The typical cost to install cedar siding ranges from $3.50 to $10.50 per square foot for materials and installation
Cedar is one of the most popular wood siding materials. It’s economical, easy to stain, and is a relatively rot-resistant softwood. For an average home requiring 1,500 square feet of exterior siding, expect to pay $4,500 to $15,000. For complex layouts or elaborate shake or shingle, cedar siding costs can be higher.
How Much Does Cedar Siding Cost per Square Foot?
On average, cedar siding costs between $3.50 and $10.50 per square foot for materials and installation. Although most companies sell it by the square foot, some sell it by linear feet, and the quantities required will differ.
The average U.S. home has around 1,500 square feet of exterior walls. So, buying and installing cedar siding to cover the entire home will typically cost between $4,500 and $15,000. However, it’s a good idea to factor in an additional 10% of materials to cover wastage, especially if your home has a complex shape.
Cedar Siding Cost Breakdown
You need to factor in both materials and labor costs when installing cedar siding. These can vary considerably depending on the quality and complexity of the project.
Depending on the type of cedar, materials alone typically cost between $1.50 and $5.50 per square foot.
Installation by a reputable local siding contractor will usually run from around $2 to $5 per square foot. For homes with a complex shape or a style like shake or shingle cedar siding, installation costs could be up to 25% more.
Cedar shakes are a traditional siding option and were originally made by hand. Workmen would chop a cedar log lengthwise to obtain wedge-shaped sections of cedar that would then be attached to the wall. They are very rough and have a lot of texture, which makes them unique.
Real cedar shakes are a rich color, but over the years, they dry out and turn gray. They also must be maintained with fresh stain every few years. With vinyl siding manufactured in sheets to look like cedar shingles, you can have the look without the upkeep. You also have your choice of colors with the vinyl selection.
How Much Does It Cost to Install Cedar Siding Yourself?
You can save between $3,000 and $7,500 or more by installing siding yourself on a home that requires around 1,500 square feet of materials.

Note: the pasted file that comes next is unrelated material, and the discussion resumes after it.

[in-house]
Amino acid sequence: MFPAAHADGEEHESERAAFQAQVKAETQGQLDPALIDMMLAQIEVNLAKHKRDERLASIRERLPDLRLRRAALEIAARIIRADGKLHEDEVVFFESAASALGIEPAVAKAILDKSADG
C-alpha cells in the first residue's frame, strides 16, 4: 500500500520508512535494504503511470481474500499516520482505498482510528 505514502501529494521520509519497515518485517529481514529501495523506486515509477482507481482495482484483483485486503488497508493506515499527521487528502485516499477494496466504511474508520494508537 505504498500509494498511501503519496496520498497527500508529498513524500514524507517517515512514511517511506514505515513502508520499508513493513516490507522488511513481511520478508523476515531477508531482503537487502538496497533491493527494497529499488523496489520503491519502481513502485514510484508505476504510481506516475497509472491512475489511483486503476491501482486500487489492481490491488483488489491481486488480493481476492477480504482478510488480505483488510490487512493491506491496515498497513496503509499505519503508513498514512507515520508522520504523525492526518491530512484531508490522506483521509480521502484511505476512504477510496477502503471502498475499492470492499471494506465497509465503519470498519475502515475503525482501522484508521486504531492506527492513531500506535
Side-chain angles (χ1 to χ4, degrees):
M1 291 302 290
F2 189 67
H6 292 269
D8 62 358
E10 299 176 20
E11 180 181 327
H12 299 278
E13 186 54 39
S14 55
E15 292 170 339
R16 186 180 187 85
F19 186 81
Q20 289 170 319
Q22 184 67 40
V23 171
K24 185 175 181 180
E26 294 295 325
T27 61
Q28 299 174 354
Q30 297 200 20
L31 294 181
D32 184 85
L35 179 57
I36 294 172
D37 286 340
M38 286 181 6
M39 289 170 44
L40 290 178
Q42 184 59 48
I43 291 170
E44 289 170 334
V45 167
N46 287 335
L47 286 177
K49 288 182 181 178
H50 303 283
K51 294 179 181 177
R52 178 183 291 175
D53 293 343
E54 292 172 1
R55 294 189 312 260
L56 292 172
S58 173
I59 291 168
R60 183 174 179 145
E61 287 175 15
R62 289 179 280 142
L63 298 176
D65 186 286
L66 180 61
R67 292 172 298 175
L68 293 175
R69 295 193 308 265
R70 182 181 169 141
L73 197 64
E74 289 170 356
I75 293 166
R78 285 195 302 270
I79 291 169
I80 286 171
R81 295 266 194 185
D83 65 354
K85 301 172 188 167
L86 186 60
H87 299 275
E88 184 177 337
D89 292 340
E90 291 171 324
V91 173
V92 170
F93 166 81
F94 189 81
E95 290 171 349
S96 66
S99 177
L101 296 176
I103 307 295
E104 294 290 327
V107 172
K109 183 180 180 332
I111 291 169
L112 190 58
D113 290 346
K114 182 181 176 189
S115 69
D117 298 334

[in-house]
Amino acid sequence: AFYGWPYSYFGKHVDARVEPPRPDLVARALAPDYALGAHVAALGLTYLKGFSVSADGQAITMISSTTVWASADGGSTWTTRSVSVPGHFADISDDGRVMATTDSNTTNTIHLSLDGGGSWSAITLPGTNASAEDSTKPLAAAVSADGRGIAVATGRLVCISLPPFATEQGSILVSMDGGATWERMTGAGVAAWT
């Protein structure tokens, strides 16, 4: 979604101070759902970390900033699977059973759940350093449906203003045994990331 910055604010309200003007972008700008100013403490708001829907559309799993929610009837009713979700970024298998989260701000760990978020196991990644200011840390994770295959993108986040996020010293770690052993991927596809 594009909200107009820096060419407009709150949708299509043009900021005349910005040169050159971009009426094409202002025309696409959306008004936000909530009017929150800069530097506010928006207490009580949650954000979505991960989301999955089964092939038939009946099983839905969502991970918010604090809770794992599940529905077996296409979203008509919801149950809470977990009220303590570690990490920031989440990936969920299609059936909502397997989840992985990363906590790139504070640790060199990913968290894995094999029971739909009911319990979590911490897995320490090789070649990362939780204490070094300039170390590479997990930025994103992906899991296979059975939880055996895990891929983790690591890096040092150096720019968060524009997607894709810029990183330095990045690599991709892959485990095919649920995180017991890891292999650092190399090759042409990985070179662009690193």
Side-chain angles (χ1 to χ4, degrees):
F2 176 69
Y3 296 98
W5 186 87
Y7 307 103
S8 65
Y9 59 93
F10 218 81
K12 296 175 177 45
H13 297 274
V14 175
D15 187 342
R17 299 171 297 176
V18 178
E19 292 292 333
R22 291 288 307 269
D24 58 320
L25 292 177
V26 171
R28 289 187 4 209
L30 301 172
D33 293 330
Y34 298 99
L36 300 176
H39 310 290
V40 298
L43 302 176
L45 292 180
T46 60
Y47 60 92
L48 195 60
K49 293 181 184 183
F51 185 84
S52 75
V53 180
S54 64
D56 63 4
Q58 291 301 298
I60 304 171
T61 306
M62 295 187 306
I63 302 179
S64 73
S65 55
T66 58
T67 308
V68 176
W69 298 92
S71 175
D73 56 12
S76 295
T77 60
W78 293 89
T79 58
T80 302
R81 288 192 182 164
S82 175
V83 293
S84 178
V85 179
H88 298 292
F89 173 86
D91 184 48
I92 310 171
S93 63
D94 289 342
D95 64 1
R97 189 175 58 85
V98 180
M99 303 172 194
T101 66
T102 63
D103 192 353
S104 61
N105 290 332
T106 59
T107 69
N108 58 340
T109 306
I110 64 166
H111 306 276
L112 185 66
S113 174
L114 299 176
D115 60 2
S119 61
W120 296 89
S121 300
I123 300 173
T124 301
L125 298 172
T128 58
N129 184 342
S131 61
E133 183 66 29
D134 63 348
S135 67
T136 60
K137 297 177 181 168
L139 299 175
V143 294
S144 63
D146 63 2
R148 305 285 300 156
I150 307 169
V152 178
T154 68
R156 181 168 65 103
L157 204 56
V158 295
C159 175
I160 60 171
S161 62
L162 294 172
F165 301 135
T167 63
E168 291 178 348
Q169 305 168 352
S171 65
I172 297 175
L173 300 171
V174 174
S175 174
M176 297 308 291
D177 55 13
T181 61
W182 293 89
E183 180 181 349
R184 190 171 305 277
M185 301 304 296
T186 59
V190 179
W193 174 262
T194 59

However, although it’s possible to install cedar siding without the help of a professional, it’s time-consuming and requires a high level of skills. If you don’t fasten the siding properly, have improper spacing, or have problems with flashing or caulking, you could have issues further down the road, leading to an expensive and inconvenient fix.
How Much Does It Cost to Install Cedar Siding by Type?
The type of cedar you select for your siding significantly affects your budget. However, investing in a higher-quality material means your siding will last longer.
The prices below relate to standard three-quarter-inch thick ”clear” grade boards. Pricing differs depending on thickness and grade.
Western red cedar is one of the most popular materials, and it’s also easy to source. Expect to pay around $3–$4.50 per sq. ft.
Northern white cedar is readily available in the Northeast. It’s a more affordable option, at around $1.50 per sq. ft.
Spanish cedar is excellent for humid areas because it’s particularly moisture-resistant, but it’s harder to source and costs $5.50 or more per sq. ft.
Eastern red and yellow cedars aren’t common siding materials. Eastern red cedar is typically used in indoor spaces and yellow is often used for boat and musical instrument construction.
How Much Does It Cost to Install Cedar Siding by Style?
If you choose to go for more elaborate shingle or shake cedar siding, expect to pay anywhere from $6.50 to $13.75 per square foot for materials and installation. This siding is tricky to install correctly and isn't a good choice for DIY installation.